The United States in the Supreme War Council: American War Aims and Inter-Allied Strategy, 1917-1918

By David F. Trask | Go to book overview

CHAPTER 5
Utilization of American Manpower

THE need for American manpower to bolster the Entente armies became manifest as the Allied military position deteriorated during the latter months of 1917. When the Allied missions had visited Washington, their members had urged amalgamation of American troops into the Entente armies, but the United States government had decided to equip, train, and employ an independent force. The Entente Powers had advocated amalgamation because they feared the United States could not field an independent army quickly enough to influence the outcome of the war. During the period of urgency which followed upon the Allied disasters of 1917, the practice of amalgamation seemed peculiarly logical to harassed statesmen and soldiers in France and Britain.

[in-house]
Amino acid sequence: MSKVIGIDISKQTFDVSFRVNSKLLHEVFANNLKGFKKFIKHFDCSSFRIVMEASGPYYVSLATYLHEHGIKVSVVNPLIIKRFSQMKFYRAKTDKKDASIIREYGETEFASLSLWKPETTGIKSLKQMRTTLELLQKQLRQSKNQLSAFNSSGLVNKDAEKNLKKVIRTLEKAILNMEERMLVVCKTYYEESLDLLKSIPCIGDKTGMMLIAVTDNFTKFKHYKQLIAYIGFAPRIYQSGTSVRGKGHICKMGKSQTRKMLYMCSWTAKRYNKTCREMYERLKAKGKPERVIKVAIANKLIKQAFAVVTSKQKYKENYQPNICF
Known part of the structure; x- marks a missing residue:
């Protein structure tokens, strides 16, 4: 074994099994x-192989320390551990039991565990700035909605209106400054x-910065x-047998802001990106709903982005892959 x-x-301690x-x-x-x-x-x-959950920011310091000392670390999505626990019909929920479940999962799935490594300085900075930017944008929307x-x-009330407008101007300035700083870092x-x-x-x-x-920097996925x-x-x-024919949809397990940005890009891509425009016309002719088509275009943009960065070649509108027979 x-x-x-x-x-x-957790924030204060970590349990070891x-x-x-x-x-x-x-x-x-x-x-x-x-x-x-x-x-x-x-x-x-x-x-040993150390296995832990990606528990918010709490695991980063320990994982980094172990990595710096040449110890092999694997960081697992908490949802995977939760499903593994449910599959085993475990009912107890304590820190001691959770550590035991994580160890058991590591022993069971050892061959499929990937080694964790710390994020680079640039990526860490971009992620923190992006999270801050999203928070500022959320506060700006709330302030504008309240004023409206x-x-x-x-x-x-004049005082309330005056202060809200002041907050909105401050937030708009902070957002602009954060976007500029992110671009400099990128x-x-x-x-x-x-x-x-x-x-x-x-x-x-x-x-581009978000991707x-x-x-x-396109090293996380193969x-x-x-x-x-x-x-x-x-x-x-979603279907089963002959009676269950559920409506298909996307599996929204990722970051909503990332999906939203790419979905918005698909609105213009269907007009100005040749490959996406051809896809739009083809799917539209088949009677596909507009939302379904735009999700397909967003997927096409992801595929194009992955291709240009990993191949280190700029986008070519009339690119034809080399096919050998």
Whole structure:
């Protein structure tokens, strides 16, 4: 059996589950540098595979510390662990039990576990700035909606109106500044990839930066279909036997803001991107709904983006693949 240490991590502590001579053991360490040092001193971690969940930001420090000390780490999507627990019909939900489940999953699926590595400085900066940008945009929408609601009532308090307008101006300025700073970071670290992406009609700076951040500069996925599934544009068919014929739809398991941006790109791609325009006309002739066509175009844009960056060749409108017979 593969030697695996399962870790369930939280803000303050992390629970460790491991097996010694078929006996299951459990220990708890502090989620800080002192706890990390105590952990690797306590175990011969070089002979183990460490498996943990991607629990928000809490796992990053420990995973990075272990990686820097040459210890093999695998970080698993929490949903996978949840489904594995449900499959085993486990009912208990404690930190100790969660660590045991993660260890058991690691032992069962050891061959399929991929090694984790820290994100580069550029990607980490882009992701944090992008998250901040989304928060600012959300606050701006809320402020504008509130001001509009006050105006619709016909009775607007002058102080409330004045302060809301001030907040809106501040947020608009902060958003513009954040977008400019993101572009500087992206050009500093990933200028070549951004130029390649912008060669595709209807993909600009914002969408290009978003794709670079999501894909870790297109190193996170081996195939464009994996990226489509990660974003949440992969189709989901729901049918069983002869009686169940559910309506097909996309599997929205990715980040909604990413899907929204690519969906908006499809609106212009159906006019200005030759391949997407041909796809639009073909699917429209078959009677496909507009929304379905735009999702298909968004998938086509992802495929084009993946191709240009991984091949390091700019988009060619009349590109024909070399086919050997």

Paradoxically, the decline in the military fortunes of the Western coalition strengthened not only the Allied demand for amalgamation but also the American determination to field an independent army. The United States was just as aware as the Allies that many American soldiers would have to be sent to Europe. The bone of contention was the manner in which reinforcements would be utilized in France. Fearful of a great German effort against their

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